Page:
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Partial armour: M.1.2-1936

Object information

Current Location: Gallery 31 (Armoury)






Partial armour, comprising a breastplate, a backplate and a pair of pauldrons and upper cannons, decorated ensuite with one another, probably for use by a member of the Papal bodyguard. The armour is decorated on the breastplate, the backplate, the third lame of the pauldron and the outside of the upper cannon of the vambrace with an etched linear design of curved rays that diverge downwards and outwards and are separated by circular or oval pellets. On the breastplate (M.1.2B-1936) the rays issue between a pair of adorsed, scrolling acanthus leaves, from the mouth of a grotesque mask, and are surmounted at their centre by a crowned eagle in display. Stylised acanthus foliage also decorates the centre of the border of the neck. On the backplate (M.1.2C-1936), the rays issue between a pair of adorsed, scrolling acanthus leaves, from the base of an urn, and are separated at their base by a pair of adorsed, stylised acanthus leaves. The rays on the third lame of the pauldron (M.1.2A-1933) are also separated at their base by stylised foliage. The rays on the lower cannon issue from a circular pellet. The decoration is gilt throughout against a blued ground. The main and subsidiary edges of all preserved parts of the armour are also gilt, as are their decorative raised ribs.


History note: Mrs E.W. Stead and Mr Gilbert Stead of Dalston Hall, Cumberland

Legal notes

Given by Mrs E.W. Stead and Mr Gilbert Stead

Acquisition and important dates

Method of acquisition: Given (1936-01-15) by Stead, E. W. and Gilbert


16th Century, Late
Circa 1570 - 1590


Although all elements of the armour are similarly decorated, they appear not to have originally been made for one another. The breastplate is taller at the sides than the backplate, and decorated at its subsidiary edges with pairs of incised lines rather than the single incised lines found on the other elements. The character of the roping of the pauldrons and the turners suggests that these pieces were made about fifteen to twenty years after the breastplate and backplate. It must therefore be concluded either that the armour is composed of elements of a series of similarly decorated armour, or that it is composed of unrelated elements that were originally plain and only subsequently decorated to match one another. The character of the decoration favours the latter interpretation.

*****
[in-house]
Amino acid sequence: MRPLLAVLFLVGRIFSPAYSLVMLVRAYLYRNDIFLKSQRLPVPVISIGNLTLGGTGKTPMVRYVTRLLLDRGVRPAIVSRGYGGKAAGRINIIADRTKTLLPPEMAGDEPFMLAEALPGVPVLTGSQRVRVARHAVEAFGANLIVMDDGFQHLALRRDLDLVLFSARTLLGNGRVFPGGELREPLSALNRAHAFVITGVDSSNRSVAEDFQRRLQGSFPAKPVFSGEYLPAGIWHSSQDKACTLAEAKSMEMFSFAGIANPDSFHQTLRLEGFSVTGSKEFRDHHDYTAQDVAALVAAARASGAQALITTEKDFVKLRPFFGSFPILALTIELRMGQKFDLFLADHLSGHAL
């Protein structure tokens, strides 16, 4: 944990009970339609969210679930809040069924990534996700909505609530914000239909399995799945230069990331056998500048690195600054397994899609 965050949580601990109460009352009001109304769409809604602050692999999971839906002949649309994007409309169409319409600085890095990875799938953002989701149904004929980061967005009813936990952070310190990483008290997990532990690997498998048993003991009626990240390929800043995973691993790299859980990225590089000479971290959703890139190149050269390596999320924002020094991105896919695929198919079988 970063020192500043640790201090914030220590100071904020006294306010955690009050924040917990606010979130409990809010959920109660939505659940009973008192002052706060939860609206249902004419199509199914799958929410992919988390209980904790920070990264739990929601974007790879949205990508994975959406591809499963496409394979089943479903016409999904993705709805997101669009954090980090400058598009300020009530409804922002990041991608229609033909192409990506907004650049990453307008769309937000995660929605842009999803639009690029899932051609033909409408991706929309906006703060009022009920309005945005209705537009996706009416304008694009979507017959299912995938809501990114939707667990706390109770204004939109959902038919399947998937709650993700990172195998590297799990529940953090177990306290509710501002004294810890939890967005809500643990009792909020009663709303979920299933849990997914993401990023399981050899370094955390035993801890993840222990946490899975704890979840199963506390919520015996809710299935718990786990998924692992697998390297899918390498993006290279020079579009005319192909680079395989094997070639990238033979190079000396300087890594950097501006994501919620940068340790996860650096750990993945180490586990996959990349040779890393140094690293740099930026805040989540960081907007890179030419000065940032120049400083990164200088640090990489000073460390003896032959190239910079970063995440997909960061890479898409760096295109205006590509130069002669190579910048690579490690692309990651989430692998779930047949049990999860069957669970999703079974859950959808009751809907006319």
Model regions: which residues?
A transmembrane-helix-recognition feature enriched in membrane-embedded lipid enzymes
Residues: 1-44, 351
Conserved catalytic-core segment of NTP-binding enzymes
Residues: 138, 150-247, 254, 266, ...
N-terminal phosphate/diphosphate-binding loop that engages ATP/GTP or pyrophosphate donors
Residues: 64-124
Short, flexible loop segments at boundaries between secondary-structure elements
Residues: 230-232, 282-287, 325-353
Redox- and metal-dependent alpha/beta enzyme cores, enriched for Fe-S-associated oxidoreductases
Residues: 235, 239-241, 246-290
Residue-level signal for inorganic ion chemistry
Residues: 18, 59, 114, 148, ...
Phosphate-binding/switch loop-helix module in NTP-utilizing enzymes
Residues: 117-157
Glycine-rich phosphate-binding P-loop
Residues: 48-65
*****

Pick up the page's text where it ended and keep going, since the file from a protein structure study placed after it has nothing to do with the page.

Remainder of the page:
North Italian

The armour has a blued and gilt finish. The bluing shows extensive patches of light pitting. The gilding shows slight pitting and some wear, especially at the roped edges.

School or Style


Materials used in production


Identification numbers

Accession number: M.1.2-1936
Primary reference Number: 18114
Stable URI

Audit data

Created: Saturday 6 August 2011 Updated: Friday 27 November 2020 Last processed: Friday 8 December 2023

Associated departments & institutions

Owner or interested party: The Fitzwilliam Museum
Associated department: Applied Arts

Citation for print

This record can be cited in the Harvard Bibliographic style using the text below:

The Fitzwilliam Museum (2024) "Partial armour" Web page available at: Accessed: 2024-04-14 21:55:19

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{{cite web|url= |title=Partial armour |author=The Fitzwilliam Museum|accessdate=2024-04-14 21:55:19|publisher=The University of Cambridge}}

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